* PlayerPunch: ''Ninja Gaiden III'' goes to great length to make players feel the pain of the enemies they kill, be it the brutal Steel-on-Bone mechanic or the moaning of enemies if they aren't finished off as they crawl helplessly on the ground, bleeding to death.
-->'''Crawling and bleeding {{Mook|s}}''': ''I don't wanna die...I don't wanna die!''
* PolishedPort: Played straight and subverted for ''Razor's Edge''. Apart from the addition of several weapons, upgrades, collectible items and playable characters, nearly every aspect of the ''Ninja Gaiden III'' gameplay has been improved, from combo speed to weapon responsiveness, to enemy AI, to the use of the ki bar and the revamped Steel-on-Bone mechanic, making the game much more technical; the [=PlayStation=] 3/Xbox 360 ports also corrects the frame-rate drops from the Creator/{{Nintendo}} UsefulNotes/WiiU version. Unfortunately, the game still contains unusual bugs and glitches, such as the "[[https://www.youtube.com/watch?v=430r4wx2ldg infinite karma]]" glitch.
* ScrappyMechanic: The save system in the Xbox ''Ninja Gaiden'' makes it so that if players die, they restart at the last save point, no exception. This means if they die fighting a boss, they must redo any section between the save point all the way to boss again; additional redundancy occurs if death happens at the beginning of the next chapter without having saved the game, where they must fight the boss from the previous chapter again.
** The Steel-on-Bone mechanic in ''Ninja Gaiden III'' was largely unnecessary due to it randomly activating in the middle of striking enemies and can interrupt combos. It's reworked in ''Razor's Edge'' where Steel-on-Bone is used as a form of CounterAttack to prevent enemy grabs.
* SeinfeldIsUnfunny: Someone watching the plots of the NES games today will find them {{Narm}}y and overdone with their "three {{Plot Twist}}s per second", but the trilogy back then was considered a big leap forward for video game story-telling by having cut-scenes and fully-sentenced dialogue, coming all together for a coherent plot.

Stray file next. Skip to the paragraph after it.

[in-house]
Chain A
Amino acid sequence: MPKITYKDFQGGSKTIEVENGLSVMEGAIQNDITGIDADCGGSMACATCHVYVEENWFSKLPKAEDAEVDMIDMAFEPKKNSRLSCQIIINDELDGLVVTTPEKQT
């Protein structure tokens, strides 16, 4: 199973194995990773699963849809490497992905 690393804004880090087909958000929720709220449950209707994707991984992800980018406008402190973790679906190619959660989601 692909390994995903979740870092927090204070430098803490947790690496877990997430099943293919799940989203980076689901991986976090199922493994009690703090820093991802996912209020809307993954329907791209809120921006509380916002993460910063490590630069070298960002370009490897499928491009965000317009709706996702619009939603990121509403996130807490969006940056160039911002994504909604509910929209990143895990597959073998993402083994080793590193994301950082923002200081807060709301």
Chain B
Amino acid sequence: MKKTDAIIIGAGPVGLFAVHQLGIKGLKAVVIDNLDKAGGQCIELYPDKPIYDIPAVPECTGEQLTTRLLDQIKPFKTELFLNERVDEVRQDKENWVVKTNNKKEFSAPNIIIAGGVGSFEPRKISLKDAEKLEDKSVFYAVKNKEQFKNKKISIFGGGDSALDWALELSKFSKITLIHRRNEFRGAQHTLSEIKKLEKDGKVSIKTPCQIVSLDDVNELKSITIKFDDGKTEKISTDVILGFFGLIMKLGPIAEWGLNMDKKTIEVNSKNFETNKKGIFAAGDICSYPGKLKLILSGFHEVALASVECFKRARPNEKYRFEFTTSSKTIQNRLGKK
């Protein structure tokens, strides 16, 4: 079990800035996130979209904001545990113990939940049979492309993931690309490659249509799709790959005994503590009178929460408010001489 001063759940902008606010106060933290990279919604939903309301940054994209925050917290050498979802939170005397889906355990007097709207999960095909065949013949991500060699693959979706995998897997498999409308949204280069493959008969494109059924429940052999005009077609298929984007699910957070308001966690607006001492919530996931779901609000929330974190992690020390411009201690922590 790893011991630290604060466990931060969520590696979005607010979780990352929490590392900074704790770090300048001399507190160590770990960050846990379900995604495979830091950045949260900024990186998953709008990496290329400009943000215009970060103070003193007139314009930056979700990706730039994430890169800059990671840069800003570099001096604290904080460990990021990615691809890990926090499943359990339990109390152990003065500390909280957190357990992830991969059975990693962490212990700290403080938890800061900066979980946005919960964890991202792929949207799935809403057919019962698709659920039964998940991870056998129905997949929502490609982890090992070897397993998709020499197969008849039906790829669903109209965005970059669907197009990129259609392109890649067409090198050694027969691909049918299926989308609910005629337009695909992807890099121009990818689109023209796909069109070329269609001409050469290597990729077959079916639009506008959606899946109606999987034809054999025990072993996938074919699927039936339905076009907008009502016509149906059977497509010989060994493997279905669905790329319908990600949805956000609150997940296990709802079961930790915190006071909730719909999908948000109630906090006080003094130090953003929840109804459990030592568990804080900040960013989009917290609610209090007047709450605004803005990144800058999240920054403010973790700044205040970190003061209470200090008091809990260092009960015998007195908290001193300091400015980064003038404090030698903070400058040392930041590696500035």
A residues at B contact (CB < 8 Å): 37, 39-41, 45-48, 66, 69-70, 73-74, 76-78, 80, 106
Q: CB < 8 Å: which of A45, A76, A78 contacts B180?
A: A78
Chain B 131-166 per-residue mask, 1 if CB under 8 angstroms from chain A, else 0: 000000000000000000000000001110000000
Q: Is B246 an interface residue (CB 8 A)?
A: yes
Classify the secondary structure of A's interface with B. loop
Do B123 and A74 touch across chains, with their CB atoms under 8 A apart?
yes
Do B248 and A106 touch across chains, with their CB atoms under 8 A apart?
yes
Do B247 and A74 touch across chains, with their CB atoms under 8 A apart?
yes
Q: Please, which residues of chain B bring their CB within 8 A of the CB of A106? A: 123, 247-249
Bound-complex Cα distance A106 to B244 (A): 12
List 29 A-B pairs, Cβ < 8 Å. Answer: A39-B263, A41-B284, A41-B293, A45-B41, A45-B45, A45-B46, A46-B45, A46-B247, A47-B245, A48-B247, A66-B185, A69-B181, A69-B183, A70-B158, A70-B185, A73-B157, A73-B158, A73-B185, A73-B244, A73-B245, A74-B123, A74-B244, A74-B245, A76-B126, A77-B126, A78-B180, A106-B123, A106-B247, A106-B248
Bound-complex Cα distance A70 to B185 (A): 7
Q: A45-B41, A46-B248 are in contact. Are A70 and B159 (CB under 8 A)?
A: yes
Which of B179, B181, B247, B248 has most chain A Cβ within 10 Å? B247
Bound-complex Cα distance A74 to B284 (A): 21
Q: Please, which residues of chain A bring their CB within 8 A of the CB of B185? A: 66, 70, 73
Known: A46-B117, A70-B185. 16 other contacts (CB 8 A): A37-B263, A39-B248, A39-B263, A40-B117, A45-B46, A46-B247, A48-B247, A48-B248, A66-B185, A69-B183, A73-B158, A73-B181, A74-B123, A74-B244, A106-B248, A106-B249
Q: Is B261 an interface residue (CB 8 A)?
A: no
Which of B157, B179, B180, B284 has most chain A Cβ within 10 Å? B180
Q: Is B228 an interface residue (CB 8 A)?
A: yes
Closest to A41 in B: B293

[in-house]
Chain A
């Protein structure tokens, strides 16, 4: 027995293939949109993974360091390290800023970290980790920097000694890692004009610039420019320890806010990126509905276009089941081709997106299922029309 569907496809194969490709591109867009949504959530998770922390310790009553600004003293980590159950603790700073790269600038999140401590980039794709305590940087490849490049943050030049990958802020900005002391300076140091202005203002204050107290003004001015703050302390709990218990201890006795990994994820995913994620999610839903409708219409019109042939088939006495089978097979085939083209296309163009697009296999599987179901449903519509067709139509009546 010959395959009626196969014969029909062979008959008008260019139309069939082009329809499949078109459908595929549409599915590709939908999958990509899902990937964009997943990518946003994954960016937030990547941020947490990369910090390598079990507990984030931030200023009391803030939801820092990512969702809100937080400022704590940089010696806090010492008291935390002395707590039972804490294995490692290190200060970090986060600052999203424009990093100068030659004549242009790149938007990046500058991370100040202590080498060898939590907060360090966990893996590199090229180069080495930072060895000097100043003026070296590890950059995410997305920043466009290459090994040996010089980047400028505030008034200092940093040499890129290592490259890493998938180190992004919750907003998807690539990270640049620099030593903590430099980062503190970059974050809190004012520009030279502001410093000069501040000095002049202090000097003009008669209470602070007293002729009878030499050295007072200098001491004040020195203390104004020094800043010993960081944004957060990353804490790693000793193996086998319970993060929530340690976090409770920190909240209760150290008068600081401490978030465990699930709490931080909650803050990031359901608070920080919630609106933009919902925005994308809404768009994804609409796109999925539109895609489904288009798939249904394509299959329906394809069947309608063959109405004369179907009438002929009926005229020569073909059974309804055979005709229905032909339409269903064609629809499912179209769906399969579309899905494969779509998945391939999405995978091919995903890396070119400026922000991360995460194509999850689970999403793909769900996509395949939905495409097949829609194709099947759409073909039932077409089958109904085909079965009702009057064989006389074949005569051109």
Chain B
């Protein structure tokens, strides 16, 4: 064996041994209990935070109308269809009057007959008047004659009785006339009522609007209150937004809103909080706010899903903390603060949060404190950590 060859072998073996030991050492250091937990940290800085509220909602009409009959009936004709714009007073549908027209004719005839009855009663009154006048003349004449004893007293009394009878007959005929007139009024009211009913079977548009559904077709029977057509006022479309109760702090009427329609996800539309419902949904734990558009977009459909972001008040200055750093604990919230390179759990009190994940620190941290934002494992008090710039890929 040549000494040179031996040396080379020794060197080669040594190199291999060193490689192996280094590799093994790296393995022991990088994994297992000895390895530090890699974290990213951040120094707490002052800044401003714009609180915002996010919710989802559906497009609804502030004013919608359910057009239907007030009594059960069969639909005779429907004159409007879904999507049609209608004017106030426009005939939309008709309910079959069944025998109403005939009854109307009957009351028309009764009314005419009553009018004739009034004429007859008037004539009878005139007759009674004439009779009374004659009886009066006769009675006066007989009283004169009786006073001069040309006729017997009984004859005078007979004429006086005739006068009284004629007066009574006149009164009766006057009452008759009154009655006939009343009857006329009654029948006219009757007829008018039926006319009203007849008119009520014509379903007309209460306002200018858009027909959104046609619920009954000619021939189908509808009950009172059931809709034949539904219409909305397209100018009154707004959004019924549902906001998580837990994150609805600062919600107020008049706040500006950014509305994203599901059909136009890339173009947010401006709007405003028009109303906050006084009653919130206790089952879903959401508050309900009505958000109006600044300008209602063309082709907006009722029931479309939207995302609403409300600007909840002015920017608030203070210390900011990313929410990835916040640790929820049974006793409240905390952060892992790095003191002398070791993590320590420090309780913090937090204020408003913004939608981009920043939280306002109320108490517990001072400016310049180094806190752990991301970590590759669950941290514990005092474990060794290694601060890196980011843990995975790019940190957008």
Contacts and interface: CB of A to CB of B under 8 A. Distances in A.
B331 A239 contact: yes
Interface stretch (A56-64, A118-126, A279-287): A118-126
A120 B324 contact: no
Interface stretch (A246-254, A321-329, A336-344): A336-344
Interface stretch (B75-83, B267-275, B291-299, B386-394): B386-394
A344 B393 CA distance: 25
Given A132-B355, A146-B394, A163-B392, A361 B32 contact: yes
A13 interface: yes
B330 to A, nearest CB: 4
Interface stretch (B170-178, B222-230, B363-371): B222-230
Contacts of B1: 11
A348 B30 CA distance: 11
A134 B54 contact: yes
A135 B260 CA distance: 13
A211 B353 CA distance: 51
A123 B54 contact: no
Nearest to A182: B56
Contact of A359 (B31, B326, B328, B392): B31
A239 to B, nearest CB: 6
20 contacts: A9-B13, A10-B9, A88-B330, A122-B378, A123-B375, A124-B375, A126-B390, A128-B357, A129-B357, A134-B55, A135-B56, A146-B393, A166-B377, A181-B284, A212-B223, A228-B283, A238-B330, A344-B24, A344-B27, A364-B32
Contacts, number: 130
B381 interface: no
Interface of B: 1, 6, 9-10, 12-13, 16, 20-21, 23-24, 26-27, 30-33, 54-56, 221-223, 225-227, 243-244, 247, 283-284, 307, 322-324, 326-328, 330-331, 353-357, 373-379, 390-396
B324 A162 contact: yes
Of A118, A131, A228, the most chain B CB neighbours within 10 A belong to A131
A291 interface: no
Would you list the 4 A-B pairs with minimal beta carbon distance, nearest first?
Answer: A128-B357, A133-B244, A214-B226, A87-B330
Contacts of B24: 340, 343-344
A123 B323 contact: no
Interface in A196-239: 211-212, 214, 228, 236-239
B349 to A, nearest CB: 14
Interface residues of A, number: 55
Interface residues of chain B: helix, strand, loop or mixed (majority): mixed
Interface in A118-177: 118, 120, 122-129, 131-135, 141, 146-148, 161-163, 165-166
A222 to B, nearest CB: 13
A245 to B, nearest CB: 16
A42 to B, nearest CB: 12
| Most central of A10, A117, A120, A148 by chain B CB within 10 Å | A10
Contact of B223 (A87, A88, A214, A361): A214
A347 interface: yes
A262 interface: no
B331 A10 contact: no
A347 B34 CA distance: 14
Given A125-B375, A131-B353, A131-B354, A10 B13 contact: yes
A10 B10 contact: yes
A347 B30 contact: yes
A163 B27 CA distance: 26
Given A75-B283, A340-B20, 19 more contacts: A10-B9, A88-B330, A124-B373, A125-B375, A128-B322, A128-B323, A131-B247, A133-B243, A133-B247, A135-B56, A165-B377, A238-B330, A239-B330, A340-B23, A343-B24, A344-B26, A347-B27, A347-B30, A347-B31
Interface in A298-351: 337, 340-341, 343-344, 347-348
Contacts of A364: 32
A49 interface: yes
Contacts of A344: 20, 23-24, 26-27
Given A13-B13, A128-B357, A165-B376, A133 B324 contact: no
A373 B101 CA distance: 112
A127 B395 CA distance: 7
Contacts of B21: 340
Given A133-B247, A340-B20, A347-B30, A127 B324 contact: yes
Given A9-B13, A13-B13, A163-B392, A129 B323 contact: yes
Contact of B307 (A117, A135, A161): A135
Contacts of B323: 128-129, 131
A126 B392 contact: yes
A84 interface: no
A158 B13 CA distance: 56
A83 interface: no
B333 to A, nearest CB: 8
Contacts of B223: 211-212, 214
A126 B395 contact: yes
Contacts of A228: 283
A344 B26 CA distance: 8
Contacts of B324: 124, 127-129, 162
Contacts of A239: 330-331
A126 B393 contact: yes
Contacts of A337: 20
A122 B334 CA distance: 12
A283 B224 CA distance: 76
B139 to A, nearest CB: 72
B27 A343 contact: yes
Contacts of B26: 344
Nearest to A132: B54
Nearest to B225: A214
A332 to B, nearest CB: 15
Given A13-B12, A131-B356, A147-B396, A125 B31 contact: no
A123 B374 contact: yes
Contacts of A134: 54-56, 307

* SoBadItsGood: Whatever fans think of the respective plots of the modern installments - ''Dragon Sword'' and ''III''[=/=]''Razor's Edge'' have a little more detailed ones, not that this saves the latter from being a ContestedSequel, though.
* SuspiciouslySimilarSong: Two of them in the arcade version - the second stage almost sounds like "Bad" by Creator/MichaelJackson and the second boss theme is very similar to "Iron Man" from Creator/BlackSabbath.
* ThatOneAchievement: It's literally impossible to obtain the platinum trophy for the Sony UsefulNotes/PlaystationVita version of ''Sigma II Plus'', as "Tag Mode" forces players to partner with the AI since CooperativeMultiplayer was removed. At least three missions ''demand'' two human players work in concert, which cannot happen if one of them is an AI-controlled character.
* ThatOneAttack: Two examples from ''Ninja Gaiden II''